When I moved back to the Bay Area in early 2011, the technology and startup sector didn’t feel as big or expansive as it does today. In that time, Twitter was just getting its sea legs, the Quora private beta was one of the hottest tickets in town, and TechCrunch was the de facto powerhouse in tech/startup media attention. During this time, when we didn’t really understand the stakes of what technology would hold for us all, it was relatively easy to know the investments made by the top VC funds — they’d either announce them on TechCrunch, or the early reporters at TechCrunch would somehow find out which deals were hotly contested and doing well.

Back then, there were fewer deals, smaller funds, and relatively speaking, more deal transparency.

Now, contrast 2011 with 2019, and we have an entirely different situation. Today, the stakes related to technology investment are known worldwide. Every single megafund all the way to some of the world’s most powerful sovereign wealth funds are now searching for the next Uber, either so they can invest directly or so one of their managers can ensnare it in its flytrap. And, with respect to deal transparency — it is basically gone, drowned out.

We now live in a world of relative deal opacity where very few people know and track the moves of the best technology and startup investment firms. I’ve been trying to think of “why” did this change happen, and also what the change means. Briefly, here’s what I’ve come up with:

1/ Erosion Of Crunchbase: It used to be that CrunchBase, which was created out of TechCrunch, was kept up to date with company information and investor participation. It was close to a single source of deal truth. People used to write basic apps to be able to get CrunchBase data on their phones. Then, TechCrunch was acquired by AOL (now “Oath,” or whatever – I can’t remember), and the product wasn’t able to keep up with the times and explosion of companies. The team valiantly tried to rebuild it, but too much time passed, and then eventually CrunchBase spun out into a private company which was then funded by Emergence Capital, which is attempting to build it into a much larger enterprise data product, holding competing information with Pitchbook, CBInsights, and others.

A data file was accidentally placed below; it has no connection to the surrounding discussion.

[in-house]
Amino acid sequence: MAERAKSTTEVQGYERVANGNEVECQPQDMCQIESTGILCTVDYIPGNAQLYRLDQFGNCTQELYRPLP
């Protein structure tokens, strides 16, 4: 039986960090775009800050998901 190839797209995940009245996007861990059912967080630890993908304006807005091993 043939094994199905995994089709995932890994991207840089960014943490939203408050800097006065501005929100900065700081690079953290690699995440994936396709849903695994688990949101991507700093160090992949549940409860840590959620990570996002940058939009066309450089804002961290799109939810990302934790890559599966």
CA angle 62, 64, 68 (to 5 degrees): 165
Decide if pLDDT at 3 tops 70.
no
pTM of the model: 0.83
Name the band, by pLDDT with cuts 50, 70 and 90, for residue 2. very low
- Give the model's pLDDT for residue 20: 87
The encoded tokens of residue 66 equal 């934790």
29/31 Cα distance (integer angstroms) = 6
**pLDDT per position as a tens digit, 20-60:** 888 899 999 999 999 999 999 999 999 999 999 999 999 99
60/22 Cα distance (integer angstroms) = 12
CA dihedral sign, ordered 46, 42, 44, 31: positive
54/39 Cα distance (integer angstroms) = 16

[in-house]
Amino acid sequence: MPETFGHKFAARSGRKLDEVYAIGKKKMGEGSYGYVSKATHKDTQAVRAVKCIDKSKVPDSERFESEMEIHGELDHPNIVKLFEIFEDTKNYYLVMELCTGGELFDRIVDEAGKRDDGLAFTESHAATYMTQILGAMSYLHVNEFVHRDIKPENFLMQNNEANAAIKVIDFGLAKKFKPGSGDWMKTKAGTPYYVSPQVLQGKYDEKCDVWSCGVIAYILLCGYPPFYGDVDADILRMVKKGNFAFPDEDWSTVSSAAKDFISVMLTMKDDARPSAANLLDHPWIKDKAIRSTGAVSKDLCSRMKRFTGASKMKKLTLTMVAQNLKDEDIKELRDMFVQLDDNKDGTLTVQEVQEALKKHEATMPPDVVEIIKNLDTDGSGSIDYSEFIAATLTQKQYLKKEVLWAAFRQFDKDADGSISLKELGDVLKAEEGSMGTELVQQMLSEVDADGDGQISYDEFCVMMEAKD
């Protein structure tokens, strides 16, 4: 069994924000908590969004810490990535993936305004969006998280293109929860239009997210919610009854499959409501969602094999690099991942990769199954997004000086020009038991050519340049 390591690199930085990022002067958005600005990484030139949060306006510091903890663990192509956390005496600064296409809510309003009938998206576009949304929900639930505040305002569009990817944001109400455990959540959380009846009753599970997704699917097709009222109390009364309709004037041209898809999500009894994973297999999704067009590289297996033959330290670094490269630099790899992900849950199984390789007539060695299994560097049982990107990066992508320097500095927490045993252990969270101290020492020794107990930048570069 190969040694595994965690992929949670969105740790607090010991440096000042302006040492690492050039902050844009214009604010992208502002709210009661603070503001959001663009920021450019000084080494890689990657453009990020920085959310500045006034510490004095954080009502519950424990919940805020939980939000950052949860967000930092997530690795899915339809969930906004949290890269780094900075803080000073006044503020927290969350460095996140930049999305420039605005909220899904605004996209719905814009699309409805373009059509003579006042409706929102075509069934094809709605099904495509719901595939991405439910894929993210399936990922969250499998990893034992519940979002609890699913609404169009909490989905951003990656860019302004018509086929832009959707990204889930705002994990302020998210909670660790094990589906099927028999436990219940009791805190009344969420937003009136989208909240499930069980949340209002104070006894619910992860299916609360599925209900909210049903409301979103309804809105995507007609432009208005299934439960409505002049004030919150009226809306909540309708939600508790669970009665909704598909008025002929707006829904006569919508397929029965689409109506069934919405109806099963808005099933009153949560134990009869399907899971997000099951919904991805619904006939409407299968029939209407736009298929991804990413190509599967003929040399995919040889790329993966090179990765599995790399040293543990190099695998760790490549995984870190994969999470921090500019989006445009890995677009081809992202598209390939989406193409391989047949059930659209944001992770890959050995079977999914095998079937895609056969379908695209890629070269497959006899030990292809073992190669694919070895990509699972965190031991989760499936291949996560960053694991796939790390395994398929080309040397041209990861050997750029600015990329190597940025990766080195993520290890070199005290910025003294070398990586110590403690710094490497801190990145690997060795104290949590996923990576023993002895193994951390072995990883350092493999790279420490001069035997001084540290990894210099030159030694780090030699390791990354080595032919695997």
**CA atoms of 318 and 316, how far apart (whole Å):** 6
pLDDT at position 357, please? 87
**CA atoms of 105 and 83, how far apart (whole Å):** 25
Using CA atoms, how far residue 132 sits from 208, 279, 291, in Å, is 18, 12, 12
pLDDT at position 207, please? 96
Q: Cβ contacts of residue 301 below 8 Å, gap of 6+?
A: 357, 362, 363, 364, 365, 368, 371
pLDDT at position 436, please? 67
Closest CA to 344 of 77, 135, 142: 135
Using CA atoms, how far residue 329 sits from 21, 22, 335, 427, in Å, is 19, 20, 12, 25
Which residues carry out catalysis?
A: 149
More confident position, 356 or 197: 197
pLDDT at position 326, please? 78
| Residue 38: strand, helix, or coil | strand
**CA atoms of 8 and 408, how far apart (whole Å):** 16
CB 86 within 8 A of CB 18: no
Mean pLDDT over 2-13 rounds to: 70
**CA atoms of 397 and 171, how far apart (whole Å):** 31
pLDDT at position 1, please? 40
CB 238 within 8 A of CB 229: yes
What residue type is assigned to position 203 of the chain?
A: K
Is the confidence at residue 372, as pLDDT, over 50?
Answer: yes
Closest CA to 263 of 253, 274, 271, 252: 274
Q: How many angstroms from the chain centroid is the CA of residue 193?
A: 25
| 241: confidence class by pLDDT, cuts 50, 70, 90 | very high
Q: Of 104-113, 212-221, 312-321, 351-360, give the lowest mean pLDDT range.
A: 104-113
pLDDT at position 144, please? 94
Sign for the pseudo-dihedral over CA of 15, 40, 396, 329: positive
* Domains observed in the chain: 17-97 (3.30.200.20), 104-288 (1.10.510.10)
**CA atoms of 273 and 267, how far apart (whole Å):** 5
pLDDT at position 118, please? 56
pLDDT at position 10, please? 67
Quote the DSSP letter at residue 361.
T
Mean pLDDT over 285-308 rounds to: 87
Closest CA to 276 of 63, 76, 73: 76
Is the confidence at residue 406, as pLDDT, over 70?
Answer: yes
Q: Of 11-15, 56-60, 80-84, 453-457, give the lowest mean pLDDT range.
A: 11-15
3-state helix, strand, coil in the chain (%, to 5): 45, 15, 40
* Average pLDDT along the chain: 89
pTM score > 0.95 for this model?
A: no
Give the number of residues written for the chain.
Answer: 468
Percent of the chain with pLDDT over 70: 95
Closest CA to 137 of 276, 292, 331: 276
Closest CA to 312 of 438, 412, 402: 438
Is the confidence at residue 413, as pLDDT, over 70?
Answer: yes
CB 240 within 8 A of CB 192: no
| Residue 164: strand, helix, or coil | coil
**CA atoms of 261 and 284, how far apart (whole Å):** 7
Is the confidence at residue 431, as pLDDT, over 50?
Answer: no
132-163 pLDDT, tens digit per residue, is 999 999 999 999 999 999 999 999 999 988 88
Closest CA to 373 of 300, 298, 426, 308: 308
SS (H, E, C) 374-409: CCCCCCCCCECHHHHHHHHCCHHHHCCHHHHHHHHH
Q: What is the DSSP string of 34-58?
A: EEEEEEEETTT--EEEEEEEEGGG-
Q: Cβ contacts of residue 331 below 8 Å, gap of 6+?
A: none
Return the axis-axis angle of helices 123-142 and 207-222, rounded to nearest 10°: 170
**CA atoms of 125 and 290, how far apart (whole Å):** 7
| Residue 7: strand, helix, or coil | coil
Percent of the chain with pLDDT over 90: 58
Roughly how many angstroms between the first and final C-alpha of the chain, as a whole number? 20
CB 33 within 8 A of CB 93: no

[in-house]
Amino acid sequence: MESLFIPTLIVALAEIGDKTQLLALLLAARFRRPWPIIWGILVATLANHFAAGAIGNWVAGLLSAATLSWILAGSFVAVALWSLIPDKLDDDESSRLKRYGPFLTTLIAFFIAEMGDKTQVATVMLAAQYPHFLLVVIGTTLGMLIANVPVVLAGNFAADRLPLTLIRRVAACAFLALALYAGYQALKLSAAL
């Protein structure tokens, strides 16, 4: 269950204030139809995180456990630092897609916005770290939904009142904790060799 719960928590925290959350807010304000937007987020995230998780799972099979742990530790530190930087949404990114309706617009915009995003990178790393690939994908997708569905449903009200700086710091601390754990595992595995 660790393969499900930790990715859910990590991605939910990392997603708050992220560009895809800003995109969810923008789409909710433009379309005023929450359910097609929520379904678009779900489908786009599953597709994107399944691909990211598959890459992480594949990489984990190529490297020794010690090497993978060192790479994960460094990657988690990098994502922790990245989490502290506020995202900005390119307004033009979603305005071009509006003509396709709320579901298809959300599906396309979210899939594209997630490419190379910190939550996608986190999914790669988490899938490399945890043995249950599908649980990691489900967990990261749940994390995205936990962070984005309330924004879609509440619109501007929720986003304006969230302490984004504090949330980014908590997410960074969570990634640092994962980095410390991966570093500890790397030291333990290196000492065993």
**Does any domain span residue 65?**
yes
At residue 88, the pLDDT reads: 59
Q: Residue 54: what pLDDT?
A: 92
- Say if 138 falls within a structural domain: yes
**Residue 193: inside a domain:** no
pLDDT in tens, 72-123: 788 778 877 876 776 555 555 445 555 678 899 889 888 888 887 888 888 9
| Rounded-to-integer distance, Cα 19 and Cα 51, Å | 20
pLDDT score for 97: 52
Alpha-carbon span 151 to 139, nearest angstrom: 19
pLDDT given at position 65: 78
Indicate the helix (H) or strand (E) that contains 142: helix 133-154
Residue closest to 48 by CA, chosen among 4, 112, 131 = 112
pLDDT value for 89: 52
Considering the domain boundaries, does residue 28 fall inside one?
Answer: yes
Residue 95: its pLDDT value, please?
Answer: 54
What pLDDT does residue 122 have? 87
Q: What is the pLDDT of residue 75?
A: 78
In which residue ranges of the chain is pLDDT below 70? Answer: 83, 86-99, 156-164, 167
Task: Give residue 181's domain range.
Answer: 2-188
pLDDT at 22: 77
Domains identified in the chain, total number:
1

2/ Expansion Of Private Markets: Now every company is a startup. Every company is a tech company. Technology is spreading into every corner of the company. Every investor needs exposure to technology, and the earlier – the better. More money in the ecosystem is searching for these opportunities, or funding competitors. This all has compounding effects leading to more deal opacity, which I outline in more detail below.

3/ Carta Just Starting Out: One of the main opportunities for Carta (formerly eShares) is to pick up where CrunchBase left off, but more from the cap table as a starting point. This is important because lots of people (especially investors) fudge the truth about when they invested in a company, and how much in terms of percentage ownership. It’s a long slog that Carta is moving toward, and they are in a great position, but it will still take time for everyone and every important deal to be on this platform.

4/ Technology And Startup Fatigue: I can’t prove it, but I do believe the constant barrage of technology and startup news has forced some founders and investors to avoid any attention, period. In these cases, they’re less excited about announcing their rounds, or just want to wait for the big reveal, when something important happens, or a big milestone is reached.

5/ Copycat Culture And Stealth Mode Back En Vogue: I’ve alluded to this above and below, but now when a category gets hot, founders and capital flood it. So for teams who are early and/or disciplined about the environment, there’s little incentive to making big waves in the press.

OK, so what does this all mean, does it matter that the premium deals being done are more opaque?